Explain what Estrus is?
Estrus is a record label out of Bellingham that Dave Crider and his wife Bekki run. They’ve put out lots of great bands.

What did your brothers coach?
My oldest brother coached football, and he was really good at baseball, too. They wanted him to be one of the assistant coaches for the Cincinnati Reds, but he decided he wanted to make more money than a coach made, so he got into doing land grants. That’s what he does now. On a side note, you know that Linklater movie, Dazed and Confused? That’s supposedly somewhat biographical of him growing up in Huntsville, Texas. He went to school there and was supposed to get a baseball scholarship. My brother was his baseball coach. I had to ask my brother if he actually made the team sign a contract that they wouldn’t do drugs over the summer. He’s a typical football coach, so he never really says much. His response was, ‘Little Ricky Linklater is making movies?’

[Laughs.]
It was pretty fucking great. I’m sure you’ve seen it with all the art and skateboarding that you do, but the world is getting smaller and smaller.

Oh, yeah. Dazed and Confused is like my life. It’s the jocks, the stoners and the nerds.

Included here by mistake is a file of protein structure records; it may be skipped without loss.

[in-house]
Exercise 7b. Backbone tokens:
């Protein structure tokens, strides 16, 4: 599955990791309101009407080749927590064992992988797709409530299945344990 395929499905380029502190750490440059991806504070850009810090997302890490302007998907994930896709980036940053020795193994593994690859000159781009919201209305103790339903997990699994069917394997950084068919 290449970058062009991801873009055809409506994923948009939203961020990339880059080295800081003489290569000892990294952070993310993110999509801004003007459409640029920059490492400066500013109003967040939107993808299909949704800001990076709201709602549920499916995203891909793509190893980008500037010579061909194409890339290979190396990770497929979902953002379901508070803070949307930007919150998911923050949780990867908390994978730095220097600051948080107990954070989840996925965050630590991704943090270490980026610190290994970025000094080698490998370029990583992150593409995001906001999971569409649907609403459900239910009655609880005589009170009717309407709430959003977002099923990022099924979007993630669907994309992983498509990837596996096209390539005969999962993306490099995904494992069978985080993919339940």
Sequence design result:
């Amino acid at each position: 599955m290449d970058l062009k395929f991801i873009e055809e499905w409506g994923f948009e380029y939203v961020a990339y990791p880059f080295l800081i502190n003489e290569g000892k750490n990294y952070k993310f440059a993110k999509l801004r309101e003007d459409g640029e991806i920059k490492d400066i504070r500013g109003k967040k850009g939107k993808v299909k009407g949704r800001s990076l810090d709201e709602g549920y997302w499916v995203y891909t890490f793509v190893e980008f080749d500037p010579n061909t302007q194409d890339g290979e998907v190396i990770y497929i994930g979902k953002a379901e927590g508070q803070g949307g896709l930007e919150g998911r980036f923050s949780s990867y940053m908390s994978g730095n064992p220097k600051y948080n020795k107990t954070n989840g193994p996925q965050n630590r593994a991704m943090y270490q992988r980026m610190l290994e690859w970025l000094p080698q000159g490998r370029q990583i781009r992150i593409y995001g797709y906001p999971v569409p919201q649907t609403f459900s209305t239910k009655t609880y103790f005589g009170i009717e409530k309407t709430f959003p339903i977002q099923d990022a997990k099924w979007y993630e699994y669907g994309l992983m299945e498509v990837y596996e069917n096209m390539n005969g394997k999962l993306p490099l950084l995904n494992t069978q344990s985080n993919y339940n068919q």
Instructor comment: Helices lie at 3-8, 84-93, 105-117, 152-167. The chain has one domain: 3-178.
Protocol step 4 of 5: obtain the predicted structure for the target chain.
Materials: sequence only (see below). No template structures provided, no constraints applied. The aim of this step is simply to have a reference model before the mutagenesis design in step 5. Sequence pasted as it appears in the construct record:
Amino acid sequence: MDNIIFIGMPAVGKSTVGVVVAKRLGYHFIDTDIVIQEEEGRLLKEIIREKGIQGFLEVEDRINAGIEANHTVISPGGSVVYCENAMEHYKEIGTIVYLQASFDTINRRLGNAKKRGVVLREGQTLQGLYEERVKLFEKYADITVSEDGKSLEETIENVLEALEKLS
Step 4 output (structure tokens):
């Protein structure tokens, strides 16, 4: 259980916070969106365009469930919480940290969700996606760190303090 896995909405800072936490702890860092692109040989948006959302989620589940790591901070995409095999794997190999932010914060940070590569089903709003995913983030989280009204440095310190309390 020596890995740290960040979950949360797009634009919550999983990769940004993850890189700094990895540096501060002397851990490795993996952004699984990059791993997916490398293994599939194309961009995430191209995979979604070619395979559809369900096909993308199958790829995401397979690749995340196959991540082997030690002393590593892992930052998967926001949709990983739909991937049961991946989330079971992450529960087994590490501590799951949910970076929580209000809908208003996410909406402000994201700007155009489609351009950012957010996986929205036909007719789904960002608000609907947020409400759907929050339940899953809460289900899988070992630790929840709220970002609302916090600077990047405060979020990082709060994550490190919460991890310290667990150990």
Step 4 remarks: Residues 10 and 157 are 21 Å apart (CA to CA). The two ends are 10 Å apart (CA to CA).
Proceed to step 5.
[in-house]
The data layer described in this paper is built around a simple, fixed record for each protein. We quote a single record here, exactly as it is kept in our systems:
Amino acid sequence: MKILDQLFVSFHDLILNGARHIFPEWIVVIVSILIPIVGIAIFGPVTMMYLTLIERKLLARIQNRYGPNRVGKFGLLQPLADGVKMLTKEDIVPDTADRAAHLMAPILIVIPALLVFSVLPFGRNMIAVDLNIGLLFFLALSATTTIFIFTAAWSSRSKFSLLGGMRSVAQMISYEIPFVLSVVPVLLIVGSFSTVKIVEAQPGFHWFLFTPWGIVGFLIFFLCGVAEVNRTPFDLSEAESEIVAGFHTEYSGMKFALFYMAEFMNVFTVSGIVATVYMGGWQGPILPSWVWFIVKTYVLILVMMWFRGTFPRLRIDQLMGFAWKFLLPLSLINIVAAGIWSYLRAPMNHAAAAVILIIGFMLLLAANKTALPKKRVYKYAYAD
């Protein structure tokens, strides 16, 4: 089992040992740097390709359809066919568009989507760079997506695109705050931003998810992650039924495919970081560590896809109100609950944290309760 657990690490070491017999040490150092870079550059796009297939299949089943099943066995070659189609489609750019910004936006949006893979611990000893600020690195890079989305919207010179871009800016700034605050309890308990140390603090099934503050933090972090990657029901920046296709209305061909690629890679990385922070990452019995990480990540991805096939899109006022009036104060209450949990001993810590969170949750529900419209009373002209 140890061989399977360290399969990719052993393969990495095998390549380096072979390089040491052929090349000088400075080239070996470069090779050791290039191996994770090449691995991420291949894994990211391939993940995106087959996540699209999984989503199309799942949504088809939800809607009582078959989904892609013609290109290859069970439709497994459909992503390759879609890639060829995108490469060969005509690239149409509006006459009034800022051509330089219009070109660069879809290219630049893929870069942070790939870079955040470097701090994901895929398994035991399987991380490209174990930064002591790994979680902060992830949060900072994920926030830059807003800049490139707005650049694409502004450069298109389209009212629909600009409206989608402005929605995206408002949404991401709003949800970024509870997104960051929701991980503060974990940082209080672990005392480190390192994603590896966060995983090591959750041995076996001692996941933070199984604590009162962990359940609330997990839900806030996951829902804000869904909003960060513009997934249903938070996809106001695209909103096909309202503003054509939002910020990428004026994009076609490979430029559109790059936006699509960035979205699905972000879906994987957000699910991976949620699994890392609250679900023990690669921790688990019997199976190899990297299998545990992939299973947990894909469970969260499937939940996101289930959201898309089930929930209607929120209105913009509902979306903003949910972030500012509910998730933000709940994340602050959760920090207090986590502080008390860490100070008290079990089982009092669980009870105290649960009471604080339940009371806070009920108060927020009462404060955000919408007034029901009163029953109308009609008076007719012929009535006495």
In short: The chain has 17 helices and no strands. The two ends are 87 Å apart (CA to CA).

We were right before all of that. That movie was the graduating class of ’78, and I was ’74. Where I grew up, you were either a surfer or a kicker.

What’s a kicker?
A kicker was a total Texas cowboy sort with cowboy boots. It was kickers and surfers. By the time I was in high school, there were the freaks too.

[Laughs.] How did you get into music?
My first memories were of being in my parents’ car with the AM radio on. My oldest brother Steve was full-tilt into soul music, so I heard that stuff all the time. I heard Archie Bell and the Drells and all the Houston, Texas stuff. Tommy was more into country stuff, but not necessarily like Buck Owens. It was
more Hank Williams and stuff like that. At the time, I gravitated towards the soul stuff. I didn’t really like the country stuff then. My mom played piano a little, but the only records my parents owned were like Pete Fountain. I always thought it would be really great to grow up in a family that played jazz or Irish or old time stuff. Can you imagine growing up in a family that was always playing music and there were instruments around to play with?

That would be interesting.
That would be great, but my family wasn’t like that. Just like art, I just gravitated towards music. I think my dad was pretty happy with the prospect of having a kid that was going a different route from the other two brothers. I started playing music because of the British Invasion. When that hit the radio I was in first grade and that was all coming across. I loved the idea of playing guitar, so I decided that’s what I was going to do. I’ve been playing ever since first grade.